Relive Battle between Aztec King and the Spanish Conquistadors

Detail of Martin de la Cruz Badiano codex (1552) on display at the Mexican National Museum of Anthropology's "Codices of Mexico, memories and knowledge". Photo: AFP/ Omar Torres

The Mexican National Museum of Anthropology is presenting a large exhibition of 44 codices for its show, “Codices of Mexico: Memories and Wisdom”, presenting artifacts from a fascinating time in Mesoamerican history.

The show, which runs until January, features artifacts from several Mesoamerican cultures including the Mayas, Purepechas and Zapotecos.

“It’s the biggest codex exhibit (in Mexico),” said curator Baltazar Brito, director of the National Anthropology and History Library, as reported by the AFP.

The codices, or codex (singular) present illuminated manuscripts describing the region’s history and culture through the eyes of a 15th century tlaculios (a codex painter or scribe), detailing food recipes, herbs, lineages, and even events such as battles between the Aztec king, Moctezuma II and the Spanish conquistadors.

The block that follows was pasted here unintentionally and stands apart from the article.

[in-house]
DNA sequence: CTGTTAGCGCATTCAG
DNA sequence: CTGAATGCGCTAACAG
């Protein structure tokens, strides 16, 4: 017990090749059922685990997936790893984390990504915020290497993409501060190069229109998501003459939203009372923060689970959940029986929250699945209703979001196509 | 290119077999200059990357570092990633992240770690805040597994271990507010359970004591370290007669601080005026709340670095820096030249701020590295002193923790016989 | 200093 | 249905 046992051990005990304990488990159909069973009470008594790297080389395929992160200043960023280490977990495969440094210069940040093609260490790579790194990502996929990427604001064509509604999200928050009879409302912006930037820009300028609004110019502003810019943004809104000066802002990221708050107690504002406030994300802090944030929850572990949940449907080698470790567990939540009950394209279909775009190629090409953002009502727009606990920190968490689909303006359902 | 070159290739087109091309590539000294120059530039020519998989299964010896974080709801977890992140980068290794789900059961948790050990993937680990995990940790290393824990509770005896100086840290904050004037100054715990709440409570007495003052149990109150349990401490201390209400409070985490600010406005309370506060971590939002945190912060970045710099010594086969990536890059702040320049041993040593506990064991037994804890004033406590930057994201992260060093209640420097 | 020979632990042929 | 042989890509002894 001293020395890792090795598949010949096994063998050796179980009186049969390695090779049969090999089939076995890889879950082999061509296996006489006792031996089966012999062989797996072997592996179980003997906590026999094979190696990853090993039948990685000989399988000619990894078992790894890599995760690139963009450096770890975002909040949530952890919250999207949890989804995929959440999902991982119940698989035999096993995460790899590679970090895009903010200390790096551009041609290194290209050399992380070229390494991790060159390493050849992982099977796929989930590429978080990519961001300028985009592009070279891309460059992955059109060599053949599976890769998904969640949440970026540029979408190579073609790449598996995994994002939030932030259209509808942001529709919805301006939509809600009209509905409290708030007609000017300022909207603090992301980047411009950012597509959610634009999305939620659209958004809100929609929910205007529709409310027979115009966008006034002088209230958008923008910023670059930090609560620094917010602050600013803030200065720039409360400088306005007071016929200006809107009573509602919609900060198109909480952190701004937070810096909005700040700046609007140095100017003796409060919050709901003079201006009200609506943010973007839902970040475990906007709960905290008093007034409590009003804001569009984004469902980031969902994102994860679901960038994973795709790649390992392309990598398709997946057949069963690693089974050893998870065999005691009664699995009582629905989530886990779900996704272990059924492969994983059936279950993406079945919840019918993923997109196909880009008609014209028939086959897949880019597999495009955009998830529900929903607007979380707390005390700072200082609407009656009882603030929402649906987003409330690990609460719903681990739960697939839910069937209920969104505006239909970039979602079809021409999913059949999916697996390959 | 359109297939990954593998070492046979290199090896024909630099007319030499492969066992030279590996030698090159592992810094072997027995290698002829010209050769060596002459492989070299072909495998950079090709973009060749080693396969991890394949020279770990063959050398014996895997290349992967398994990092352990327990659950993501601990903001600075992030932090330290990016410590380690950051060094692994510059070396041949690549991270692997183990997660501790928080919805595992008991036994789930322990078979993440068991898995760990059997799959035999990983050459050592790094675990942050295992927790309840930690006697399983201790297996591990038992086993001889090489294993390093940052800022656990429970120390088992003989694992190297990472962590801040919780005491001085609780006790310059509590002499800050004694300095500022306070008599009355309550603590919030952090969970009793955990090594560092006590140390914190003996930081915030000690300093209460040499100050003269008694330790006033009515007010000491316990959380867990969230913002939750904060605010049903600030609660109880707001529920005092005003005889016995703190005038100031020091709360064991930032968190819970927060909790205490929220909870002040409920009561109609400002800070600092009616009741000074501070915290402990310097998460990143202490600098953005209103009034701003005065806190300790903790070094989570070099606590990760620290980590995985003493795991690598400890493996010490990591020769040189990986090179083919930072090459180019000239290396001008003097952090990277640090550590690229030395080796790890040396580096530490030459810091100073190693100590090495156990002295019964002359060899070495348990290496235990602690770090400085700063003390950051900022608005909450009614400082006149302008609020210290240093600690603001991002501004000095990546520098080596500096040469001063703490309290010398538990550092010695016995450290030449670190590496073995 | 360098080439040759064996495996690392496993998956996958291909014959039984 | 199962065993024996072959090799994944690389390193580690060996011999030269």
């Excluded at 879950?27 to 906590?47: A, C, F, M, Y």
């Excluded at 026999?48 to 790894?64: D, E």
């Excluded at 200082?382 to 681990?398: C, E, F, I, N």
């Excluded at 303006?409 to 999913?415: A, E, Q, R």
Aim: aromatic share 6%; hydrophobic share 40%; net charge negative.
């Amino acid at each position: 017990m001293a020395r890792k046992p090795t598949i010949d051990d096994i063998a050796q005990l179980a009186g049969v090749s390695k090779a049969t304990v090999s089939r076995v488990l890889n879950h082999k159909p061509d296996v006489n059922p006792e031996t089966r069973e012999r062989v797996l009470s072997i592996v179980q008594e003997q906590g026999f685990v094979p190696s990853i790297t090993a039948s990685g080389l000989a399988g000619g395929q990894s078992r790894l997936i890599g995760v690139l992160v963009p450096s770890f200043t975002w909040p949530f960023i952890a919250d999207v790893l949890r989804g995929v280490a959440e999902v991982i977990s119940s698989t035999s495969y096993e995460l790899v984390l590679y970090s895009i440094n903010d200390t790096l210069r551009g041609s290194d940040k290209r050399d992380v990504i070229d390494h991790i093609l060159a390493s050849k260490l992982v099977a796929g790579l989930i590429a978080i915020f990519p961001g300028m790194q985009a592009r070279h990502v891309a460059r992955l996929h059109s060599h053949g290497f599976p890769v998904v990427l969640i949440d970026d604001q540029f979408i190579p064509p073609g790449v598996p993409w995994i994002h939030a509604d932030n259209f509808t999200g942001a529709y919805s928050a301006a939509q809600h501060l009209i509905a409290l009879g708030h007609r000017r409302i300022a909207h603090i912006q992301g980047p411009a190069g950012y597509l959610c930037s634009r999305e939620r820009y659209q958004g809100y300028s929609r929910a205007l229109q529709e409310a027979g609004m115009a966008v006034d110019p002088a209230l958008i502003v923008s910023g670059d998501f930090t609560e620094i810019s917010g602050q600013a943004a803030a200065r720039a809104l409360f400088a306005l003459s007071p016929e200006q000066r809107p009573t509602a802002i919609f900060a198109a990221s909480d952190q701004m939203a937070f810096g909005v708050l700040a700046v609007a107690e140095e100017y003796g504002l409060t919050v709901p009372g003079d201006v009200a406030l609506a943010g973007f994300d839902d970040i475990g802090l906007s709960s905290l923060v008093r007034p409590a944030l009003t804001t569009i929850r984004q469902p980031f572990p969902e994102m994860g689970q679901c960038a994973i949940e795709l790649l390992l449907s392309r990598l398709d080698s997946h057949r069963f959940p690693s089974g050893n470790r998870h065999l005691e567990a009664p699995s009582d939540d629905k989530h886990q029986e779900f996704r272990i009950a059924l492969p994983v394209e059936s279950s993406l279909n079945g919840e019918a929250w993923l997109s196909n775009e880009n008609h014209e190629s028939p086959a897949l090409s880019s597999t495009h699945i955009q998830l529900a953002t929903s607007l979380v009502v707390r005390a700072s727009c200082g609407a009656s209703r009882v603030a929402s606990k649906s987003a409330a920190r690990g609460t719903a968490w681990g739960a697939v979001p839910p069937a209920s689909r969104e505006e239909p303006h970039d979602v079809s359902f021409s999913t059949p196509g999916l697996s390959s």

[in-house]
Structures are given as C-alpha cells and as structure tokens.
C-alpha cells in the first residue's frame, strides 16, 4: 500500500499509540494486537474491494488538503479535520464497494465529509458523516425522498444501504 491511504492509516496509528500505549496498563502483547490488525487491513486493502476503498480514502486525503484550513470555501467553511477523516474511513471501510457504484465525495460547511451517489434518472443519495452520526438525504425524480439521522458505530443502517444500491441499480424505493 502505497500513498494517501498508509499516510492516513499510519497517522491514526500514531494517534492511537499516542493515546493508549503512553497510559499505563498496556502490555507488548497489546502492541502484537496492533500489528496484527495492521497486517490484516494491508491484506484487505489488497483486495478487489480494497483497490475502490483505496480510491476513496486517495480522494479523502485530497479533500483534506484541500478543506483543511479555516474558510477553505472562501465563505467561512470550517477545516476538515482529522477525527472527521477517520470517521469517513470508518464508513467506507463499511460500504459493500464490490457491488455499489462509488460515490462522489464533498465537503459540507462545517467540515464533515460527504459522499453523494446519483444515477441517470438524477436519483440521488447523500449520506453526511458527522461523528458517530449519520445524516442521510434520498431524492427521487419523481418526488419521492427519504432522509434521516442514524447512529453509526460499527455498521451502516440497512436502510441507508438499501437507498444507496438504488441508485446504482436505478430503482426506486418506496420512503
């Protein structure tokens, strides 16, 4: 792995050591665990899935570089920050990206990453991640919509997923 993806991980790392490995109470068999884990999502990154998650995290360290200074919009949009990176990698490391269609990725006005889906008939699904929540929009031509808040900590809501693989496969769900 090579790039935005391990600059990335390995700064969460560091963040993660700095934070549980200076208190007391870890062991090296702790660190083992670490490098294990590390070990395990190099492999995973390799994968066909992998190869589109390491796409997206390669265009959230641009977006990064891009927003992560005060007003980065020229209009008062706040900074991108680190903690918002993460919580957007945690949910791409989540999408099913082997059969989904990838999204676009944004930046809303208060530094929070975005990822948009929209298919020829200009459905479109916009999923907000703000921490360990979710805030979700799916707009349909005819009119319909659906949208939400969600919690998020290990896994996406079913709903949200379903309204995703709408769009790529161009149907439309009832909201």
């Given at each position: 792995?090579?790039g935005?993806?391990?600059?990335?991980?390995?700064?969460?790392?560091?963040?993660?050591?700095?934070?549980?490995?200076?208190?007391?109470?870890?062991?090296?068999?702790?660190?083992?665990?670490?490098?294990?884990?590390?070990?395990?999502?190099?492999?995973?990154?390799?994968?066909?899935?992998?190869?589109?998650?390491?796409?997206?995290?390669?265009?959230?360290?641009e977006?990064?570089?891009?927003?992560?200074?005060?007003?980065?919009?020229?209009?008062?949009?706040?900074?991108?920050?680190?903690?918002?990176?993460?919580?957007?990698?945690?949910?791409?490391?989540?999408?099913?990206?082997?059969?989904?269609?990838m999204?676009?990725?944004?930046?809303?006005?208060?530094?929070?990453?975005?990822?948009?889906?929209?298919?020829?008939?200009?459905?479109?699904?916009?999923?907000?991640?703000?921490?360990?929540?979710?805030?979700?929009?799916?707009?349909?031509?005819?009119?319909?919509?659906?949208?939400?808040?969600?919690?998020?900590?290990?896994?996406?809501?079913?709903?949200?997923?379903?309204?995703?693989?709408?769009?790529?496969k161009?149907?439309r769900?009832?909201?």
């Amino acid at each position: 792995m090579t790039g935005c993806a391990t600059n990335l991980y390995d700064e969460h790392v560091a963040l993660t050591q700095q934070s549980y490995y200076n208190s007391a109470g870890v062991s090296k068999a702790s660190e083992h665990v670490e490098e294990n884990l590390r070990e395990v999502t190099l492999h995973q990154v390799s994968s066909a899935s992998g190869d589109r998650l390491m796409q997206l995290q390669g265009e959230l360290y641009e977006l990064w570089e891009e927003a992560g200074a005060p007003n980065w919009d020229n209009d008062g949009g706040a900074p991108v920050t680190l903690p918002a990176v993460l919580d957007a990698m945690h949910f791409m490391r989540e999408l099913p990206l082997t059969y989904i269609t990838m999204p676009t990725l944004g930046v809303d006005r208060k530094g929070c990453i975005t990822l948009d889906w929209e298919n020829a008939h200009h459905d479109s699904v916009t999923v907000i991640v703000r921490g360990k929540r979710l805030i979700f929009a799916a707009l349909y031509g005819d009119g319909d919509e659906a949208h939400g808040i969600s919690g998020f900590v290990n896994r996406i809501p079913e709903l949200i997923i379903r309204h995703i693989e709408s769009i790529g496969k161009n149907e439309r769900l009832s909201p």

“This codex shows us how he was captured by a Spaniard and then he is seen dead, bloodied with a sword,” Brito said. “This is another version of history that has a lot of value because the codices were considered works done by the people, for the people.”

This particular codex, called the Moctezuma codex, is six feet long and ten inches wide, and is made of the bark of a fig tree; this is just one example of the dimensions and type of material used to create such a work.

The Mexico Museum of Anthropology holds about one-third of the 650 known Mexican codices in various museums around the world.

Follow Artnet News on Facebook:

Want to stay ahead of the art world? Subscribe to our newsletter to get the breaking news, eye-opening interviews, and incisive critical takes that drive the conversation forward.
Article topics